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Old 09-07-2018, 08:08 AM   #1
issybird
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Vote for October 2018 Out of This World: Otherwhence


Let's select the book we'll read and discuss in October 2018!

We love new participants. We're happy for you to vote, but we'd like to request that you not vote unless you plan to join the discussion whatever the selection, in the interest of a vibrant conversation.


This is a poll. Vote for as many books as you'd like. Questions? FAQs | Guidelines Or just ask!

Choices:

The House on the Strand by Daphne du Maurier
$US6.99, $C9.99, $A12.99, 5.99
Spoiler:
Quote:
Dick Young is lent a house in Cornwall by his friend Professor Magnus Lane. During his stay he agrees to serve as a guinea pig for a new drug that Magnus has discovered in his scientific research.

When Dick samples Magnus's potion, he finds himself doing the impossible: traveling through time while staying in place, thrown all the way back into Medieval Cornwall. The concoction wear off after several hours, but its effects are intoxicating and Dick cannot resist his newfound powers. As his journeys increase, Dick begins to resent the days he must spend in the modern world, longing ever more fervently to get back into his world of centuries before, and the home of the beautiful Lady Isolda...
336 pages

Stargazing by Peter Hill
Amazon UK - 6.17 | Amazon AU $12.99 | Kobo UK - 6.83 | Kobo AU $12.99
Spoiler:
Quote:
In this sublime reminiscence of the pleasures of solitude, the wonders of the sea, and the odd courses life takes, Peter Hill writes, "In 1973 I worked as a lighthouse keeper on three islands off the west coast of Scotland. Before taking the job I didn't really think through what a lighthouse keeper actually did. I was attracted by the romantic notion of sitting on a rock, writing haikus and dashing off the occasional watercolor. The light itself didn't seem important: it might have been some weird coastal decoration, like candles on a Christmas tree, intended to bring cheer to those living in the more remote parts of the country."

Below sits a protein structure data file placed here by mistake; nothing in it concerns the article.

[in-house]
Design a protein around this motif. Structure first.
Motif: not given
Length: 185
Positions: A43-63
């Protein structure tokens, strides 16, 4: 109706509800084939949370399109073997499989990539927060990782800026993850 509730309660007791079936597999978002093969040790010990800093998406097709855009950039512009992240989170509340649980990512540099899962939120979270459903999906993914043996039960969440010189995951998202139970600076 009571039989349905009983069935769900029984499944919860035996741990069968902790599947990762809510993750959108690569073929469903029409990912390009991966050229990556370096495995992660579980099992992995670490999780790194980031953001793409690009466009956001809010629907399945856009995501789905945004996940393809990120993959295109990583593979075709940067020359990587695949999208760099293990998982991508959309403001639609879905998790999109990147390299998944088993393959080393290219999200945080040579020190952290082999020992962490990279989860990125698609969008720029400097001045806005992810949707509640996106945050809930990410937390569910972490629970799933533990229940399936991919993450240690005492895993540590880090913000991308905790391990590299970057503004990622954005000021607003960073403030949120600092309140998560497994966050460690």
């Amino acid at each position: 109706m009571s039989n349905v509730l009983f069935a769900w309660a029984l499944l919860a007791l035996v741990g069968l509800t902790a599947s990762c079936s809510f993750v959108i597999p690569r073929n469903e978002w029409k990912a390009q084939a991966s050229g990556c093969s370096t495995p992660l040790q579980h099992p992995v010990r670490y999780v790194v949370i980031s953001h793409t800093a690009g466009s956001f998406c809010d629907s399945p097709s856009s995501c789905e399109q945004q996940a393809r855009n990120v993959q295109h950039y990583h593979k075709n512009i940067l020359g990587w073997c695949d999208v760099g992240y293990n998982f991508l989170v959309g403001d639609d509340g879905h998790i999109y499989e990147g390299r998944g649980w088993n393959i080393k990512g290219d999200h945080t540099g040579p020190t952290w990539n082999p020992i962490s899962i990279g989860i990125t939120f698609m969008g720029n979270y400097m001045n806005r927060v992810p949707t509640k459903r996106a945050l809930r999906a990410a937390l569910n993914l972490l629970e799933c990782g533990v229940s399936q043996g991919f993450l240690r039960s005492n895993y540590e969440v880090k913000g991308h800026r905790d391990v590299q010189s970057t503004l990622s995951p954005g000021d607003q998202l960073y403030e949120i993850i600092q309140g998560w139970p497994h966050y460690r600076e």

Hill learned quickly, though, of the centuries-old mechanics of the lighthouse, of the life-and-death necessity of its luminescence to seafarers, and of the great and unlikely friendships formed out of routine. With his head filled with Hendrix, Kerouac, and the war in Vietnam, Hill shared cups of tea and close quarters with salty lighthouse keepers of an entirely different generation. The stories they told and idiosyncrasies they exhibited came to define a summer Hill has memorialized with great wit and a disarmingly affectionate style.
292 pages

Mary Rose by Geoffrey Girard, based on J. M. Barrie's play of the same name
Amazon U.S. $7.34 | Amazon CA $9.99 | Kobo U.S., $8.69 | Kobo CA $9.89 | Hoopla, Scribd, Overdrive, RB Digital
Spoiler:
Quote:
Mary Rose Moreland and Simon Blake are the perfect couple: successful young professionals in Philadelphia, attractive, madly in love, and ready to start a life together. When they travel to England for Simon to ask her parents’ permission to marry Mary Rose, he learns an unsettling secret: Mary Rose disappeared when she was a little girl while the family was vacationing on a remote Scottish island. She reappeared mysteriously thirty-three days later in the exact same spot without a scratch on her and no memory of what had happened.

After Simon hears about this disturbing episode in Mary Rose’s childhood, he becomes obsessed with finding out what happened. He proceeds to launch his own investigation and arranges during their honeymoon for them to visit the island where she disappeared. But as Mary Rose’s behavior gets stranger after their engagement, the need for Simon to unlock the truth about her past grows even more urgent. What he uncovers is beyond his most terrifying fears.

Mary Rose is author Geoffrey Girard’s chilling and modern take on a classic ghost story originally written by J. M. Barrie. And for years, master of suspense Alfred Hitchcock attempted to adapt Mary Rose into a film but was never successful. With this novel, Girard taps into the nightmarish fears that inspired both Barrie and Hitchcock, while also bringing the story to the present day with his own unique voice.
272 pages

Invisible Cities by Italo Calvino
Amazon US $9.99 | Amazon UK 4.99 | Amazon AU $12.99 | OverDrive, Audible